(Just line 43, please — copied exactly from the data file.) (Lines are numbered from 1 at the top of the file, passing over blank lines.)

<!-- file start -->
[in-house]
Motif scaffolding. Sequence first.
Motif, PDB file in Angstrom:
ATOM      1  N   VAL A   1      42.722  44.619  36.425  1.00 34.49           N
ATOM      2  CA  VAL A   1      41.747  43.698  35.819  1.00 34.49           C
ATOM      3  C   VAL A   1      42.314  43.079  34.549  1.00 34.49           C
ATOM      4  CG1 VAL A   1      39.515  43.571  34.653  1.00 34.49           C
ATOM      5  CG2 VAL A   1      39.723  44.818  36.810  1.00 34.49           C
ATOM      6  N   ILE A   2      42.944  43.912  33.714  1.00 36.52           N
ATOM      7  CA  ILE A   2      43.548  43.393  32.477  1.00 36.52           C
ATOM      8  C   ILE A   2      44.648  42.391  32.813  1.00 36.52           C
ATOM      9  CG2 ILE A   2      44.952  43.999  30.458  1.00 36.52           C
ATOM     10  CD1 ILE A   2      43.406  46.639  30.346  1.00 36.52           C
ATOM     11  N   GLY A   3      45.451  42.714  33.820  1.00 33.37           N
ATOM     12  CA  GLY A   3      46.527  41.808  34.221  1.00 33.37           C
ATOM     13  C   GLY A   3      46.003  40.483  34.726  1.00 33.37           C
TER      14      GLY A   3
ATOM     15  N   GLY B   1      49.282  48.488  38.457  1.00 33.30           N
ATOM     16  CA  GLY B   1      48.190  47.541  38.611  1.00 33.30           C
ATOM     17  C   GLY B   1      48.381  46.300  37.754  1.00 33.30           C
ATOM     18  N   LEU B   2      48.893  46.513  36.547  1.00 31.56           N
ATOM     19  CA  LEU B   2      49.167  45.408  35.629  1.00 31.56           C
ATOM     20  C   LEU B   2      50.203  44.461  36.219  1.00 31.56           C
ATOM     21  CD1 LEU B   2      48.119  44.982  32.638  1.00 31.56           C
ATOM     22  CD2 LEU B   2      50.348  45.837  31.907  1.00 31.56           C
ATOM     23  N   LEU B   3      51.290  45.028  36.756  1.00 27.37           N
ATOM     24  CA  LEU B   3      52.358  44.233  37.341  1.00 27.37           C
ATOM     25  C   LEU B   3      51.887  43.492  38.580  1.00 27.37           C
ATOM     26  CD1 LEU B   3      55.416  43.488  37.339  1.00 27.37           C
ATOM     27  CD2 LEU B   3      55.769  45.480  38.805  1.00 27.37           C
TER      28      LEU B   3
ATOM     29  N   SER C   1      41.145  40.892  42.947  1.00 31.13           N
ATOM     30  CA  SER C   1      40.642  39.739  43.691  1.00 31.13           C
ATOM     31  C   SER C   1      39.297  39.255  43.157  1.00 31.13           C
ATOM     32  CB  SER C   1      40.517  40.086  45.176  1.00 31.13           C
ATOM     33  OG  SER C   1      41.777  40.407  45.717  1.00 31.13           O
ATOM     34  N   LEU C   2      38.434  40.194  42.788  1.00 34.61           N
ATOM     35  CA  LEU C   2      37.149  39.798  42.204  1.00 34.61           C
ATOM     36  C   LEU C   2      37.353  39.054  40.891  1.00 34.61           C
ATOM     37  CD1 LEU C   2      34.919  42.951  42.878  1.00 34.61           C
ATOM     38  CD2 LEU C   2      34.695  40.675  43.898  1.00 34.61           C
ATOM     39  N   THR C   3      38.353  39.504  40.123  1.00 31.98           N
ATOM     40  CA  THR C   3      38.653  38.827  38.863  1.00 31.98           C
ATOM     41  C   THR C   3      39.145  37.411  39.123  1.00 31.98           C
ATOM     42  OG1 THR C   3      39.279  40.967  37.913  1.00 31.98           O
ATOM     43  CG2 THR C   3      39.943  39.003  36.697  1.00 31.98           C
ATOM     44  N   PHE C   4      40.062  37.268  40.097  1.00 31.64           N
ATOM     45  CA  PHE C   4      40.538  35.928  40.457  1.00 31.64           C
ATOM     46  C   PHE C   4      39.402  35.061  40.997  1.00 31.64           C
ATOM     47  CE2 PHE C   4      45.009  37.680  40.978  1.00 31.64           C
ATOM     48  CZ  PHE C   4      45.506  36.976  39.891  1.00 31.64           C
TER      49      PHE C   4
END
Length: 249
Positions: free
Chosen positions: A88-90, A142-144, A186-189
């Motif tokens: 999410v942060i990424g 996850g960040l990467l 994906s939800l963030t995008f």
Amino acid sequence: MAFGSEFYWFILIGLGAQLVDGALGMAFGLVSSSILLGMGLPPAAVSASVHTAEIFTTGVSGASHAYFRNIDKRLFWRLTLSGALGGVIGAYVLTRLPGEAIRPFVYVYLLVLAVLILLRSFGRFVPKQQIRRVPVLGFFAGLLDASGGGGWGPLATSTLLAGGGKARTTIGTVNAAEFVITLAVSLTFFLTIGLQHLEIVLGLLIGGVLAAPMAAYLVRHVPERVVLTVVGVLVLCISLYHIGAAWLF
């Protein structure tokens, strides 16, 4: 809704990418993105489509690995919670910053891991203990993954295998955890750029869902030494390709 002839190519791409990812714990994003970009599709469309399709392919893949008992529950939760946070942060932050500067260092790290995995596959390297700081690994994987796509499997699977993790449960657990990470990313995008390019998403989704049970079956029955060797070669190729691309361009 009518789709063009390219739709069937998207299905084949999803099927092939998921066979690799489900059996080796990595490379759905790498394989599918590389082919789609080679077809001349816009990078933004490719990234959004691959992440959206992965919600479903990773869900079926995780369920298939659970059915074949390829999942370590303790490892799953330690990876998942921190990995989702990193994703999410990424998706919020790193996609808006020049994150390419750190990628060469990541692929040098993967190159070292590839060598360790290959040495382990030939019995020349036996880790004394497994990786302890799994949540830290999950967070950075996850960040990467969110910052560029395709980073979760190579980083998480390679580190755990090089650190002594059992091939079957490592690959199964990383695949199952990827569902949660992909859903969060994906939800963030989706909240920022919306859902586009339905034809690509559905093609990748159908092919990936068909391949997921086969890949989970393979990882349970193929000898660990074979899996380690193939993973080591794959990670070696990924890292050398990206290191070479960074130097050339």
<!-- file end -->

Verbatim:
ATOM     40  CA  THR C   3      38.653  38.827  38.863  1.00 31.98           C